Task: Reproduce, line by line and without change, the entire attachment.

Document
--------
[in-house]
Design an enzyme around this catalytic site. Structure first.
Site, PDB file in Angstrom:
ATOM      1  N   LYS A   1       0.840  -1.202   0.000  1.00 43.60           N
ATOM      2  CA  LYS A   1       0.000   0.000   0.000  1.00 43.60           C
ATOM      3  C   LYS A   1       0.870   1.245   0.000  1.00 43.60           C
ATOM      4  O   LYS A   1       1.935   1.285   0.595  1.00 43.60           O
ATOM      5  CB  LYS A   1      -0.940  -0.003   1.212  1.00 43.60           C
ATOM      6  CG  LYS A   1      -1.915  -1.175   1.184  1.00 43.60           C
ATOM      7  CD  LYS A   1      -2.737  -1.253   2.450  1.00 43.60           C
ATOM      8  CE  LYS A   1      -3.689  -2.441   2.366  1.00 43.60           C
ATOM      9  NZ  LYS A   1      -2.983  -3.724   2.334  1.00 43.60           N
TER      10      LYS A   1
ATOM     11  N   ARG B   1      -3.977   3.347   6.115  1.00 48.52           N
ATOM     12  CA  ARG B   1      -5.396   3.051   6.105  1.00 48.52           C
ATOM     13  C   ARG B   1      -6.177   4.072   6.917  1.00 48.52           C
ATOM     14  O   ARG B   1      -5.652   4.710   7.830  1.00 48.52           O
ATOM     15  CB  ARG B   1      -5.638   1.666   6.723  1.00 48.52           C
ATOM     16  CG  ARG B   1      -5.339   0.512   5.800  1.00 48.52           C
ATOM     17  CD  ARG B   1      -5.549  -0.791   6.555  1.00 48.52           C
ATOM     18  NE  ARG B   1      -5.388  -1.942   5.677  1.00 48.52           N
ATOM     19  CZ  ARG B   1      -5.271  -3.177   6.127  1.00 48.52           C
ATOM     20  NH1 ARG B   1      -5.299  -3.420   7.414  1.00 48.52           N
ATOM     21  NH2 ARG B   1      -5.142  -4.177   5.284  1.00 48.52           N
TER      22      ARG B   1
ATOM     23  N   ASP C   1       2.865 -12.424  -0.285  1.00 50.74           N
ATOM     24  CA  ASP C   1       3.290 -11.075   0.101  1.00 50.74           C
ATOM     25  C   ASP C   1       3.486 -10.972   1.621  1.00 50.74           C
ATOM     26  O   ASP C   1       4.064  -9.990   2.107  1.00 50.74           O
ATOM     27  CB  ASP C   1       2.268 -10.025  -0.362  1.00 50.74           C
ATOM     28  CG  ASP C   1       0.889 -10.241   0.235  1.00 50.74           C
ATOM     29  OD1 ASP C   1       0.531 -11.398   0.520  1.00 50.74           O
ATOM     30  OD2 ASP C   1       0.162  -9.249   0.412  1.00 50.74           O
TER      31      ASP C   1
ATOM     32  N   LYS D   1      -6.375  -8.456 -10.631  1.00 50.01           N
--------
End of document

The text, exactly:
[in-house]
Design an enzyme around this catalytic site. Structure first.
Site, PDB file in Angstrom:
ATOM      1  N   LYS A   1       0.840  -1.202   0.000  1.00 43.60           N
ATOM      2  CA  LYS A   1       0.000   0.000   0.000  1.00 43.60           C
ATOM      3  C   LYS A   1       0.870   1.245   0.000  1.00 43.60           C
ATOM      4  O   LYS A   1       1.935   1.285   0.595  1.00 43.60           O
ATOM      5  CB  LYS A   1      -0.940  -0.003   1.212  1.00 43.60           C
ATOM      6  CG  LYS A   1      -1.915  -1.175   1.184  1.00 43.60           C
ATOM      7  CD  LYS A   1      -2.737  -1.253   2.450  1.00 43.60           C
ATOM      8  CE  LYS A   1      -3.689  -2.441   2.366  1.00 43.60           C
ATOM      9  NZ  LYS A   1      -2.983  -3.724   2.334  1.00 43.60           N
TER      10      LYS A   1
ATOM     11  N   ARG B   1      -3.977   3.347   6.115  1.00 48.52           N
ATOM     12  CA  ARG B   1      -5.396   3.051   6.105  1.00 48.52           C
ATOM     13  C   ARG B   1      -6.177   4.072   6.917  1.00 48.52           C
ATOM     14  O   ARG B   1      -5.652   4.710   7.830  1.00 48.52           O
ATOM     15  CB  ARG B   1      -5.638   1.666   6.723  1.00 48.52           C
ATOM     16  CG  ARG B   1      -5.339   0.512   5.800  1.00 48.52           C
ATOM     17  CD  ARG B   1      -5.549  -0.791   6.555  1.00 48.52           C
ATOM     18  NE  ARG B   1      -5.388  -1.942   5.677  1.00 48.52           N
ATOM     19  CZ  ARG B   1      -5.271  -3.177   6.127  1.00 48.52           C
ATOM     20  NH1 ARG B   1      -5.299  -3.420   7.414  1.00 48.52           N
ATOM     21  NH2 ARG B   1      -5.142  -4.177   5.284  1.00 48.52           N
TER      22      ARG B   1
ATOM     23  N   ASP C   1       2.865 -12.424  -0.285  1.00 50.74           N
ATOM     24  CA  ASP C   1       3.290 -11.075   0.101  1.00 50.74           C
ATOM     25  C   ASP C   1       3.486 -10.972   1.621  1.00 50.74           C
ATOM     26  O   ASP C   1       4.064  -9.990   2.107  1.00 50.74           O
ATOM     27  CB  ASP C   1       2.268 -10.025  -0.362  1.00 50.74           C
ATOM     28  CG  ASP C   1       0.889 -10.241   0.235  1.00 50.74           C
ATOM     29  OD1 ASP C   1       0.531 -11.398   0.520  1.00 50.74           O
ATOM     30  OD2 ASP C   1       0.162  -9.249   0.412  1.00 50.74           O
TER      31      ASP C   1
ATOM     32  N   LYS D   1      -6.375  -8.456 -10.631  1.00 50.01           N